the Washington Association of Cities;
the Washington Association of County Officials;
the Washington Coalition of Sexual Assault Programs;
the Office of Crime Victims Advocacy;
the Washington State Hospital Association;
the Innocence Project Northwest;
the Washington Forensic Investigations Council;
institutions of higher education; and
one or more individuals who are survivors of sexual assault.
The work group will research the number of untested sexual assault kits in Washington, the reasons why they are untested, and where they are stored. The work group will also review and make recommendations regarding policy options for reducing the number of untested kits, the procedure for contact and notification to victims, and the collaboration among medical, legal, and victim advocacy systems in providing services to victims. The work group will also research funding sources for the testing of sexual assault examination kits.
The work group will meet at least twice annually and provide an annual report on its findings and recommendations to the Legislature and the Governor. The work group expires on June 30, 2018.
Substitute Bill Compared to Original Bill:
The substitute bill requires a law enforcement agency to submit a request for crime laboratory examination within 30 days of receiving a sexual assault examination kit, provided that the victim or the victim's legal guardian has consented to analysis of the kit as part of a sexual assault investigation.
It clarifies the duties of the work group with respect to untested sexual assault examination kits and requests for laboratory examination and adds the duty to research and make recommendations for securing non-state funding for testing sexual assault examination kits.
It adds members to the work group and clarifies the meeting and reporting requirements of the work group.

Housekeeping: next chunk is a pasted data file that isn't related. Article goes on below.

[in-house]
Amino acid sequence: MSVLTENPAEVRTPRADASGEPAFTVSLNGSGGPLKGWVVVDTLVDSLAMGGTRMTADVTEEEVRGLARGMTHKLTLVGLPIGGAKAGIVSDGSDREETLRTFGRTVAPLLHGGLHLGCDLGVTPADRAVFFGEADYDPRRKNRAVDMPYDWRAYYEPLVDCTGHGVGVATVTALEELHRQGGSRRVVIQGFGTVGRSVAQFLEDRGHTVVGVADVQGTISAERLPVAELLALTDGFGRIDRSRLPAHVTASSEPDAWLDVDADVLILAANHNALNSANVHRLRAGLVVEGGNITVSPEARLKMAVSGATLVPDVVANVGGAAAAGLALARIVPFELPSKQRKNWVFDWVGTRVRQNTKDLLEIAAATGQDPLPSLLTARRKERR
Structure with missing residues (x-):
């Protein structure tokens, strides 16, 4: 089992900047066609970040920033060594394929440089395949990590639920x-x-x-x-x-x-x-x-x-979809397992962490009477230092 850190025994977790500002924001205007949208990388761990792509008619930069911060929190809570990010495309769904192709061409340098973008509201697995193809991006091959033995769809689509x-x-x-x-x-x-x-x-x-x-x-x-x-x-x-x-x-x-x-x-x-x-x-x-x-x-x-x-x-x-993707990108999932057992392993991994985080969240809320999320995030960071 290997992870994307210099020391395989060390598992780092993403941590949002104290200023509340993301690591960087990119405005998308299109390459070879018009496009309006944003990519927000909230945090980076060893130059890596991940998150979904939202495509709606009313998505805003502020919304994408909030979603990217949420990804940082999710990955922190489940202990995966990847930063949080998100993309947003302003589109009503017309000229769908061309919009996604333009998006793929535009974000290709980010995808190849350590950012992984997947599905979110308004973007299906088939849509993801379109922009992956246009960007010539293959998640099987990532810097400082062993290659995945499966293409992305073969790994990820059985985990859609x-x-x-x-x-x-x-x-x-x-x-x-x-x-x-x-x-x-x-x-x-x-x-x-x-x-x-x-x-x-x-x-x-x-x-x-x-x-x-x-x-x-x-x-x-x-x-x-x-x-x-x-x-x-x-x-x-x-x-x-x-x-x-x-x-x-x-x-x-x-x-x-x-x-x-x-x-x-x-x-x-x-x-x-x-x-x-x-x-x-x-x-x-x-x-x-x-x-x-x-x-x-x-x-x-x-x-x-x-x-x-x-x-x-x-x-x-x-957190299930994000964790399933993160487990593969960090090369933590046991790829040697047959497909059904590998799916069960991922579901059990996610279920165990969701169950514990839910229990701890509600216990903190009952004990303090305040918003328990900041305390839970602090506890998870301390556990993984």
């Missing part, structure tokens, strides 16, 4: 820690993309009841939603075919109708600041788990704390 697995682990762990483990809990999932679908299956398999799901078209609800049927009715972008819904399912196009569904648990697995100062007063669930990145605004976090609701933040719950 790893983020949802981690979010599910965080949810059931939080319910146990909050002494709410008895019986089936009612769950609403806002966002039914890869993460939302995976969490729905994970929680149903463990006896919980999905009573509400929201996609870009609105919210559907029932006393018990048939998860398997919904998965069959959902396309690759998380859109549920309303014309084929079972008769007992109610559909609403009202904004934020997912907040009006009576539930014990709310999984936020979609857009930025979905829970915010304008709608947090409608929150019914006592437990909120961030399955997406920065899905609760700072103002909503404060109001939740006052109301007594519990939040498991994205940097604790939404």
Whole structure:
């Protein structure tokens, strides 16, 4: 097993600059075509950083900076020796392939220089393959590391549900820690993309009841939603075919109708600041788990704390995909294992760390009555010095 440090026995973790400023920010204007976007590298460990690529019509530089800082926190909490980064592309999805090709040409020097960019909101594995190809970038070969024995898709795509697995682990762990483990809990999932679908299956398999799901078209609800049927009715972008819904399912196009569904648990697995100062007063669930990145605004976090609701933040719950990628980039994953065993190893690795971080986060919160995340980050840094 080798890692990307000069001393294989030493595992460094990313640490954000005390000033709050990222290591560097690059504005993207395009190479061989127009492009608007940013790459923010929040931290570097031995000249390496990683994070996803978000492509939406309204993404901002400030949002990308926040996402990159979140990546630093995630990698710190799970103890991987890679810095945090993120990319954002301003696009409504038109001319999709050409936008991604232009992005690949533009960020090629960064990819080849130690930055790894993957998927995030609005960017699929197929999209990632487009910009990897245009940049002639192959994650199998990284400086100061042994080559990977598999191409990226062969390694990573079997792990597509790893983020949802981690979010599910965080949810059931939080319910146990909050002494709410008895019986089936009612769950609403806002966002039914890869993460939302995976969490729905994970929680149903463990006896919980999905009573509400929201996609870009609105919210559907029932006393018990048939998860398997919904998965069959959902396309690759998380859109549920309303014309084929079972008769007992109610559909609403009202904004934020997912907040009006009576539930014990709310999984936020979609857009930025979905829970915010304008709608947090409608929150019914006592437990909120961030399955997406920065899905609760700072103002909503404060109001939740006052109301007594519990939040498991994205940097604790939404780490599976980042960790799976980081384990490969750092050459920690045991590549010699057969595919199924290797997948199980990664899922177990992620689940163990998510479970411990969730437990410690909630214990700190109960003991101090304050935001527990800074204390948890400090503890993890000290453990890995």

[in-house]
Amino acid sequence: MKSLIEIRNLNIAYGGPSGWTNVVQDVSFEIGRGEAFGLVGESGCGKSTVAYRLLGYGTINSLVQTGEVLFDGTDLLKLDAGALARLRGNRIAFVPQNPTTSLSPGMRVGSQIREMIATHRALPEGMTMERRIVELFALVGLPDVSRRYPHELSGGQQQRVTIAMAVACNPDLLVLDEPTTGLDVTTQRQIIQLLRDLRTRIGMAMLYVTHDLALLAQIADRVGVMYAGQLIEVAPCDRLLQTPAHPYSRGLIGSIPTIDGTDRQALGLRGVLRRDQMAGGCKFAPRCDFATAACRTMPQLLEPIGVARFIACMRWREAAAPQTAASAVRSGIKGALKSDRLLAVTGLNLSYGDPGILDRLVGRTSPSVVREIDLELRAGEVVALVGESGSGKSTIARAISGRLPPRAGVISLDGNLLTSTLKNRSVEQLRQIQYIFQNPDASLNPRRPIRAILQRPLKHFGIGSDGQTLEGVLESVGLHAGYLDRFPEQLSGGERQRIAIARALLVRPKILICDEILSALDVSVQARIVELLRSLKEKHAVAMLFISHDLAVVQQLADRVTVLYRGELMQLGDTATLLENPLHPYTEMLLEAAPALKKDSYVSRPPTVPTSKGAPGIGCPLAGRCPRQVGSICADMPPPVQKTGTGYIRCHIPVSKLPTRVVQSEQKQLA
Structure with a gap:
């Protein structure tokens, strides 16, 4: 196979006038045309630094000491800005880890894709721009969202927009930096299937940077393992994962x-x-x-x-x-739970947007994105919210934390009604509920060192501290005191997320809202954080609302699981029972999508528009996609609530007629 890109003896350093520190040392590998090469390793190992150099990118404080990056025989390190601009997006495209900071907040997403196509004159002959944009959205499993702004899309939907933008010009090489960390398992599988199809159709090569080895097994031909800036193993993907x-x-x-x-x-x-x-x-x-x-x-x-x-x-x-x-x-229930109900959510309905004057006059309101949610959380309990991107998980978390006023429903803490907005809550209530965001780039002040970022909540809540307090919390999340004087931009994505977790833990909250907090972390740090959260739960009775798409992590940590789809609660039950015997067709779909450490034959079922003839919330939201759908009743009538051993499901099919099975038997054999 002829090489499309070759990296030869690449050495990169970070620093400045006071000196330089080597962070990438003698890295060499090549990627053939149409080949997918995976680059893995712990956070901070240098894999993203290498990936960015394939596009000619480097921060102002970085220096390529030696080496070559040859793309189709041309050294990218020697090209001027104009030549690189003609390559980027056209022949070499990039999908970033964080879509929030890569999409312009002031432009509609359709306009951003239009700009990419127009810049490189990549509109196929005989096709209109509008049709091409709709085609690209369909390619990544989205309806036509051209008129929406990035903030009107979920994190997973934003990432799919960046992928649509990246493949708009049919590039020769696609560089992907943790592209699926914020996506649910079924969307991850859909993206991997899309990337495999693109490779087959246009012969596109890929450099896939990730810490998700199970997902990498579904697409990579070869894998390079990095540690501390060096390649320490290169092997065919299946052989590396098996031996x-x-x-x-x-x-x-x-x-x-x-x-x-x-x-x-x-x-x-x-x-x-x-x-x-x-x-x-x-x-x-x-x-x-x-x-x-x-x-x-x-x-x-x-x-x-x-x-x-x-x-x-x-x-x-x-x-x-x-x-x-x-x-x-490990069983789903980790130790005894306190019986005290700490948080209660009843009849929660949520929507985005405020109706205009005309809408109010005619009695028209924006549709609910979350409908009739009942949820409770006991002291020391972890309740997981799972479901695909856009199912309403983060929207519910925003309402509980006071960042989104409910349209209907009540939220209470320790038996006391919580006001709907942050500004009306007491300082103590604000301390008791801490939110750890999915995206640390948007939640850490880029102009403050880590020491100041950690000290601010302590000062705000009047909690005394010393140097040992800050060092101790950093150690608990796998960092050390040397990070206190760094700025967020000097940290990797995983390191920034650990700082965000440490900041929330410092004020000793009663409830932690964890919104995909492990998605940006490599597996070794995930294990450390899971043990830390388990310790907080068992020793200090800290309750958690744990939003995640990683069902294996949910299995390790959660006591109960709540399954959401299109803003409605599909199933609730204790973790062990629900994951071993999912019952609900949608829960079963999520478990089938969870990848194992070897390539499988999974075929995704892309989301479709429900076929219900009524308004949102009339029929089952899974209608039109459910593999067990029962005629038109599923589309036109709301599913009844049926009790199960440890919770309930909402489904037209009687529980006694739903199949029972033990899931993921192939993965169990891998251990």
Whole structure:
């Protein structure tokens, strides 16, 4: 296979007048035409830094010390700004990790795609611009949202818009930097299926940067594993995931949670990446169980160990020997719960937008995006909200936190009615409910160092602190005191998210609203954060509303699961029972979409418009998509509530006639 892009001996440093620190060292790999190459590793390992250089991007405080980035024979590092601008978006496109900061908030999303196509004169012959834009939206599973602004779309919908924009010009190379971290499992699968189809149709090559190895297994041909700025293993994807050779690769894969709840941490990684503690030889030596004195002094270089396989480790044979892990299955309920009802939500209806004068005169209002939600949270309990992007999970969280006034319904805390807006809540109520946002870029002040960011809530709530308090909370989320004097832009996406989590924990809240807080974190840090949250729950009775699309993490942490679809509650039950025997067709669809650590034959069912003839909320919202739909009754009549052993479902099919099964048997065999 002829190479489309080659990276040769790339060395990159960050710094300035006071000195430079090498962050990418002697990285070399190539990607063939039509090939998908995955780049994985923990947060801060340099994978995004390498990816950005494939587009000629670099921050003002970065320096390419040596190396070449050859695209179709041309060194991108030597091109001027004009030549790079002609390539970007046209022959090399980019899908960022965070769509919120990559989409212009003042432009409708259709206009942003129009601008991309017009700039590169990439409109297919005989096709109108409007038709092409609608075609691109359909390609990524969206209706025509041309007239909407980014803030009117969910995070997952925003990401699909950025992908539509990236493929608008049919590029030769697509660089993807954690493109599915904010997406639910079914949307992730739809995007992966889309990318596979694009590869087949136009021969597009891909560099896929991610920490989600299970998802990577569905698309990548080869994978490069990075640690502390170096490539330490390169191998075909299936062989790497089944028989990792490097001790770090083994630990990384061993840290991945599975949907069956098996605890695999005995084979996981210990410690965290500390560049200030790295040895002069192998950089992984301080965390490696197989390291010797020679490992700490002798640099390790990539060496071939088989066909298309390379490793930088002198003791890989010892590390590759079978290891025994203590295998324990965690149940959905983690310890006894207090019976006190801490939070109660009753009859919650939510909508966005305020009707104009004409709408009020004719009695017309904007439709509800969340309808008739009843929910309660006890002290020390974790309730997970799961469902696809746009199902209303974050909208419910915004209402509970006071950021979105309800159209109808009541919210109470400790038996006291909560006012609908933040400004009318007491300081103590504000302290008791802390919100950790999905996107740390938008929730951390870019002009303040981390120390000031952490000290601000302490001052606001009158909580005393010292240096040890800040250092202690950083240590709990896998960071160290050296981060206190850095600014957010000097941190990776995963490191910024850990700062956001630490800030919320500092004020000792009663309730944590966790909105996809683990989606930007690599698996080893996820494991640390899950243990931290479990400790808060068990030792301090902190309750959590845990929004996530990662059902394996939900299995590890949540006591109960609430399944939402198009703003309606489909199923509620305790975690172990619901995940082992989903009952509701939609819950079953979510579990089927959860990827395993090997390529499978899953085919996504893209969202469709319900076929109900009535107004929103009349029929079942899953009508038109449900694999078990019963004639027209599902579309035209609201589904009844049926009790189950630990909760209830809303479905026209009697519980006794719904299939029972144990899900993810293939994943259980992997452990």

Fiscal Note: Available.
Effective Date of Substitute Bill: The bill takes effect 90 days after adjournment of the session in which the bill is passed.
Staff Summary of Public Testimony:
(In support) This bill came about after a tour of evidence rooms and conversations with families of rape victims. Rape is a common occurrence in some women's lives. This bill is to start the conversation about seeking justice for victims and helping them find their voices. Testing rape kits is part of this. Currently, there is no way to know how many rape kits are untested. This bill is also about keeping children and women safe. Testing all rape kits will lead to establishing a pattern by offenders. The bill gives tools to law enforcement to build cases. In Michigan, a 10 percent sample of testing rape kits revealed 198 serial rapists. This is a chance to work collaboratively on behalf of victims.
There may be as many as 400,000 untested rape kits in the nation. Ohio recently codified a requirement to submit rape kits; the law applied retroactively. A number of states are doing this. This bill is a conservative approach. All rape kits in Ohio were tested dating back to 1993. Results of the tests started coming back in 2013. New cases were filed as a result of the testing. Approximately 2,000 rape kits had a Combined DNA Index System (CODIS) hit to a known offender. This led to 244 indictments. Ohio is leading the field in this area. Thirty percent of those indicted are serial rapists. It has been very successful and great for the police department. The conviction rate for the indictments is 90 percent.